For decades Jim Grafft of Janesville has traveled a road littered with controversy and delays. This week the final destination arrived — the rehabilitation of downtown Janesville’s Monterey Hotel.
Grafft bought the hotel out of bankruptcy in 1996. The former gem of the city’s downtown was vacant and in severe disrepair at the time. For example, there was no running water in the building.
Grafft’s vision for the property was a landmark building with high-end, market-priced residential units to serve as an anchor for future development on the West Milwaukee Street corridor. Grafft, after decades of work, has receive an occupancy permit from the city that will allow him to start renting out 51 apartments ranging from efficiencies to one- and two-bedroom.
“This is the first place I stayed at when I came here,” Grafft said during an interview in his new office at the Monterey. “I stayed in a room a few nights a week as I was looking to buy a home to live in.
“I became fascinated with the property and when it became available in bankruptcy, I bought it for somewhere around $350,000,” he said. “My intention, all along, was to restore the building to what it had been.”
While Grafft, his daughter, Britten, and his son, Riley, are credited with the Monterey Apartments project, there may not have been that opportunity without a bond sale led by Parker Pen founder George S. Parker in 1929.
Parker led a team of community leaders including Harry Bliss from the Janesville Gazette, Robert M. Bostwick and Robert Buggs. The Parker group reached its goal of $100,000 in just one week.
“I can’t emphasize enough how critical that fundraising was and how important George Parker was to the Monterey Hotel,” Grafft said. “Without his leadership, there would not be a Monterey Hotel.”
The name of the hotel was chosen in a contest organized by The Janesville Gazette. The winner, Monterey, was announced by the Gazette Aug. 23, 1929.
The location of the Monterey Hotel was once occupied by the Grand Hotel. The Grand was built by David Jeffris at the corner of Milwaukee and High streets to replace Williams House, which was previously know as the Borden House.
The Grand Hotel was torn down in 1929. The Janesville Chamber of Commerce then began efforts to bring another hotel to that location. Plans for a building called the Olson Hotel were made, but developers failed to raise the necessary capital.
It took only one year to complete all the planning and construction of the Monterey Hotel. Even by today’s standards, that’s a fast-track timetable.
If it only took a year to build the Monterey Hotel, why did it take 27 years to convert it to apartments? Grafft could go on for hours on that topic, but the answer boils down to a couple of thoughts.
“Yes, I could have simply repaired deficiencies when I bought the property and turned it into what might be referred to as a flop house,” he said. “I could have offered cheap rooms and started renting right away and make a lot of money, but that’s not what my vision was for that property.”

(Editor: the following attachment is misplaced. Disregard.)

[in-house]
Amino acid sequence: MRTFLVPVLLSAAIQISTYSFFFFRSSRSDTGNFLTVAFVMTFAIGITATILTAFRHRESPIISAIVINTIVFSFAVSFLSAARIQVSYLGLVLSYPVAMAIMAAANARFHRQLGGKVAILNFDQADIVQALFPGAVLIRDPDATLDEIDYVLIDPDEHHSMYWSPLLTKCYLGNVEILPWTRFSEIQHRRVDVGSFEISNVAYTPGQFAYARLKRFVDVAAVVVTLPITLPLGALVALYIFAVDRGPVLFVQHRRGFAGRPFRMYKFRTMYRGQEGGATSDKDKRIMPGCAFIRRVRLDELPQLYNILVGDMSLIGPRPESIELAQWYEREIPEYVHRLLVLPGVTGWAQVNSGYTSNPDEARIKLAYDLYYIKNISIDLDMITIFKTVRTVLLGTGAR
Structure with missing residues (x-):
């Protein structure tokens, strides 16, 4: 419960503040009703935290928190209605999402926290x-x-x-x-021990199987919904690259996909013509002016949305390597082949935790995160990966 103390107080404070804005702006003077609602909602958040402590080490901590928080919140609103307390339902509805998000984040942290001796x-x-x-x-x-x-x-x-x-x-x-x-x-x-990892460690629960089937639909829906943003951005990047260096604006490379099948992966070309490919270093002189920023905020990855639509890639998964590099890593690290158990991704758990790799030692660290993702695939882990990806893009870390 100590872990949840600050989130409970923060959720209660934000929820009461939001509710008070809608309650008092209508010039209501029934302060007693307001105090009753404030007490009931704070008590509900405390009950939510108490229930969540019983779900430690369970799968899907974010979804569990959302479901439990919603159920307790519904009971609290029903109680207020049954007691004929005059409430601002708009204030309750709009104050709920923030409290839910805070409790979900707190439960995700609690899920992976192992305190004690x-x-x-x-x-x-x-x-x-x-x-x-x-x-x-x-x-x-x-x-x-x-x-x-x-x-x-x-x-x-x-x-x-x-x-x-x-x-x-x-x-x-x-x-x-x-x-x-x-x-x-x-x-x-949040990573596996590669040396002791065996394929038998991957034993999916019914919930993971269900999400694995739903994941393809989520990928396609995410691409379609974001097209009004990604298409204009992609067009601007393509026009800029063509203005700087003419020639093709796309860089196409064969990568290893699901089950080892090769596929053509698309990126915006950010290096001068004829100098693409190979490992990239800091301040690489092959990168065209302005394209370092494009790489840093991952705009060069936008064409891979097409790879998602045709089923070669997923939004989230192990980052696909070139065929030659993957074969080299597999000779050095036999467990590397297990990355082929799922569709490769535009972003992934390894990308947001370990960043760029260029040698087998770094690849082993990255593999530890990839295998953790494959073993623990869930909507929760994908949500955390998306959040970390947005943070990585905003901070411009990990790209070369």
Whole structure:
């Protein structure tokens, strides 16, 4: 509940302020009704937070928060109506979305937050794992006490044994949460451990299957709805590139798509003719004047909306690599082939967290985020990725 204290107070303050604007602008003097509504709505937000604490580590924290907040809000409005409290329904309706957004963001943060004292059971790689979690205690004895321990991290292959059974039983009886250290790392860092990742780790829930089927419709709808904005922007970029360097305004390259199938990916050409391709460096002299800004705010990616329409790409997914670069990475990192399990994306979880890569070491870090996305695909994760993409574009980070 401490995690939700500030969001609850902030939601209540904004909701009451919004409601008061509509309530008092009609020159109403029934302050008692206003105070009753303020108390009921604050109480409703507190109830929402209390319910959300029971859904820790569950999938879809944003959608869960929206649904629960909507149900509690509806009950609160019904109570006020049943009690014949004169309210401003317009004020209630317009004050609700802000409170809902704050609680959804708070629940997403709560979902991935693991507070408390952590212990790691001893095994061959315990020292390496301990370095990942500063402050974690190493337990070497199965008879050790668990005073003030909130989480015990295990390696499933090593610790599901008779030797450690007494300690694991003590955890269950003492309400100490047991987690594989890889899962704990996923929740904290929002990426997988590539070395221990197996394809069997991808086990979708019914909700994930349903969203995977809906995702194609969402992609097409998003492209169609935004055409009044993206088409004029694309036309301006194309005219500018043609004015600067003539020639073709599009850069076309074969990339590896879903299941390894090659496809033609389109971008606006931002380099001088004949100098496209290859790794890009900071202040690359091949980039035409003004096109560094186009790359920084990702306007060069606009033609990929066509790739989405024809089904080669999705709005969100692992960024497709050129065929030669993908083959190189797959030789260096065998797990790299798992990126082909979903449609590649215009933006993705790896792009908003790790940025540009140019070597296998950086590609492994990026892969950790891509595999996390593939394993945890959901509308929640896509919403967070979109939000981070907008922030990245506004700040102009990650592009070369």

To realize his vision, Grafft needed extensive repairs, renovation and amenities required for luxury apartments, including on-site parking.
“Suffice it to say the city administration and I disagreed along the way on how best to save the Monterey,” Grafft said. “At one point the city issued a raze or repair order. The thought of demolishing the Monterey was unacceptable.”
While the Monterey Apartments project called for gutting of the interior with all new HVAC, plumbing, a sprinkler system and safety requirements performed in cooperation with Cardinal Capital Management, the exterior remains original. Grafft also made sure the Monterey’s history is preserved in various displays and features.
The second floor has a writing lounge dedicated to George S. Parke and the Parker Pen Company. The original ornate door knob trim from the hotel room doors has been preserved as peep holes on apartment entry doors. The terrazzo tile flooring in the lobby with brass trim has been preserved and restored to its original brilliance.
“It was not possible to retain a restaurant where The Orleans was located,” Grafft said. “But we have restored some of that area into one of the apartments and provided a photo of the original dining room behind closed doors. Throughout the building there are artifacts, photos and displays that pay tribute to the original hotel.”
During the nearly 30-year journey to preserve the Monterey, it was rare to see a smile on Jim Grafft’s face regarding the project. It was obvious the strain, turmoil and criticism were taking a toll.
But, during a meeting last week with Britten and Riley, Jim Grafft let his guard down. The moment was captured by Tom Edwards of Have Camera Wisconsin. Jim Grafft is a smiling man who saw his dream come true.